Roger Gorley was arrested at Missouri’s Research Medical Center on Tuesday after refusing to leave his partner Allen's bedside. Recent outcry over the case serves as a useful reminder that hospital visitation remains a murky area in state law, and is an issue requiring serious scrutiny and legal overhaul, particularly in states like Missouri.
Missouri does not recognize same-sex marriage, but defines partnerships through its Domestic Partner Registry. Most hospitals in the state allow for partner visitations, protected under President Obama’s hospital visitation memorandum put forward in April of 2010, which requires any hospitals receiving Medicare or Medicaid (such as the Missouri Research Medical Center) to allow same-sex marriage visitation rights. However, there remains gray area in Missouri law for such protections to be challenged.
The problem remains that there is room on the law books for hospitals to reserve judgments denying same-sex couples visitation rights. Missouri law states, “No hospital, nursing facility, residential care facility, or other health care facility shall be required to honor a health care decision of an attorney in fact if that decision is contrary to the hospital’s or facility’s institutional policy based on religious beliefs or sincerely held moral convictions unless the hospital or facility received a copy of the durable power of attorney for health care prior to commencing the current series of treatments or current confinement.”
If the Missouri hospital wished to deny same-sex partners recognition for visitation, the hospital remains free to argue such a position based on "moral convictions."
The hospital is fighting back, though. Hospital spokesperson Denise Charpentier said in a statement, “Research Medical Center puts the care of our patients as our #1 priority regardless of sexual orientation … This was an issue of disruptive and belligerent behavior by the visitor that affected patient care. The hospital’s response followed the same policies that would apply to any individual engaged in this behavior in a patient care setting and was not in any way related to the patient’s or the visitor’s sexual orientation ... Attempts were made to deescalate the situation. Unfortunately, we had no choice but to involve security and the Kansas City Police Department.” Huffington Post reports that Gorley's daughter as saying the "belligerent" claim is false, but the same article states that Allen's brother wanted Gorley out of the hospital.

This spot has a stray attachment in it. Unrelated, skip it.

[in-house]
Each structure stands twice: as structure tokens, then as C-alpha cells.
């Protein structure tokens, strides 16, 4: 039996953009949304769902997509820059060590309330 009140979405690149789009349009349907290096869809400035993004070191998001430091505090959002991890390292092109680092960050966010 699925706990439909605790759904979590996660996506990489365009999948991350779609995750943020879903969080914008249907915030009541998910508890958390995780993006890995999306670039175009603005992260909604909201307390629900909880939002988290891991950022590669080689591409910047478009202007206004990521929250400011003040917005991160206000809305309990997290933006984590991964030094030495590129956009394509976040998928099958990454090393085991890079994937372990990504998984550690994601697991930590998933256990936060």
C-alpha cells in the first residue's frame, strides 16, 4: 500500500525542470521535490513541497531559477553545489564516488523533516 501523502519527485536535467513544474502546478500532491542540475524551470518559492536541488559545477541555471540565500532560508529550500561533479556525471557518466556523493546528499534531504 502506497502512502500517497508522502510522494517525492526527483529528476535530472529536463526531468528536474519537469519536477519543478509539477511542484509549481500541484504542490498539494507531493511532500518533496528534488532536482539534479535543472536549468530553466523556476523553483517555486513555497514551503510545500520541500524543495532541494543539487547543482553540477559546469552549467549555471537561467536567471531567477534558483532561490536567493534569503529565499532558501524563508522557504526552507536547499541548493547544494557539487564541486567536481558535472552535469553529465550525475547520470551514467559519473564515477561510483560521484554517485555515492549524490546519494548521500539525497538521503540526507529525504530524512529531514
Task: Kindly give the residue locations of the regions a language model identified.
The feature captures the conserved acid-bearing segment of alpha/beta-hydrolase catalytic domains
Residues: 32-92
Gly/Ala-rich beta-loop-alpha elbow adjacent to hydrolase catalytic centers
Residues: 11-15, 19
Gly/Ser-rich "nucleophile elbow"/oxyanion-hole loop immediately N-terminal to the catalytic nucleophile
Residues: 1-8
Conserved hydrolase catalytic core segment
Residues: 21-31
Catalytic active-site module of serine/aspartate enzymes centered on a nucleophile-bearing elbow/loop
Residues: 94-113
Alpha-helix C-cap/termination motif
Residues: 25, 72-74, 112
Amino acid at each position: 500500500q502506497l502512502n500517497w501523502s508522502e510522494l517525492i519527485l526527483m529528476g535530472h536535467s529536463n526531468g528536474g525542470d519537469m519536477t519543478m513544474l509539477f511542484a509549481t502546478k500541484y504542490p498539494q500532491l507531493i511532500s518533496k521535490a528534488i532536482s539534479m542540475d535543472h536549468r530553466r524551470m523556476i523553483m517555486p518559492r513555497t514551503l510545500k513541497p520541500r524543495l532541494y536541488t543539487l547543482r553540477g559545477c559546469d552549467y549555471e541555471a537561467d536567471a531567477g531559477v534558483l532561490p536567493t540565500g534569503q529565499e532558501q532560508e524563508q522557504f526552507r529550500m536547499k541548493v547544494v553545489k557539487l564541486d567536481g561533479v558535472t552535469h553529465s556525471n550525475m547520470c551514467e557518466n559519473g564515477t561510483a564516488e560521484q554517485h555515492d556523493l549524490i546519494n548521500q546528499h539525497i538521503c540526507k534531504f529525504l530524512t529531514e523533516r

Hospitals must tow a difficult line protecting the visitation rights of families while upholding the utmost care for the interests of patients. It is becoming tricky terrain for these institutions to respond to the various parties involved in caring for patients. Recent outcry over Gorley’s case is reminiscent of a number of similar events that have gained national attention over visitation rights in recent years.
Ultimately, the patient should always be the utmost priority. However the details come to bear in this specific case, it serves as an important reminder that more specific language regarding same-sex partners in visitation laws, particularly in states like Missouri which do not recognize gay marriage, will serve everyone's interests in eliminating the gray area that persists on the law books. North Carolina, among other states, has introduced specific protections that help eliminate potential conflict by allowing patients to select designated visitors outside of immediate family members. Missouri should follow suit.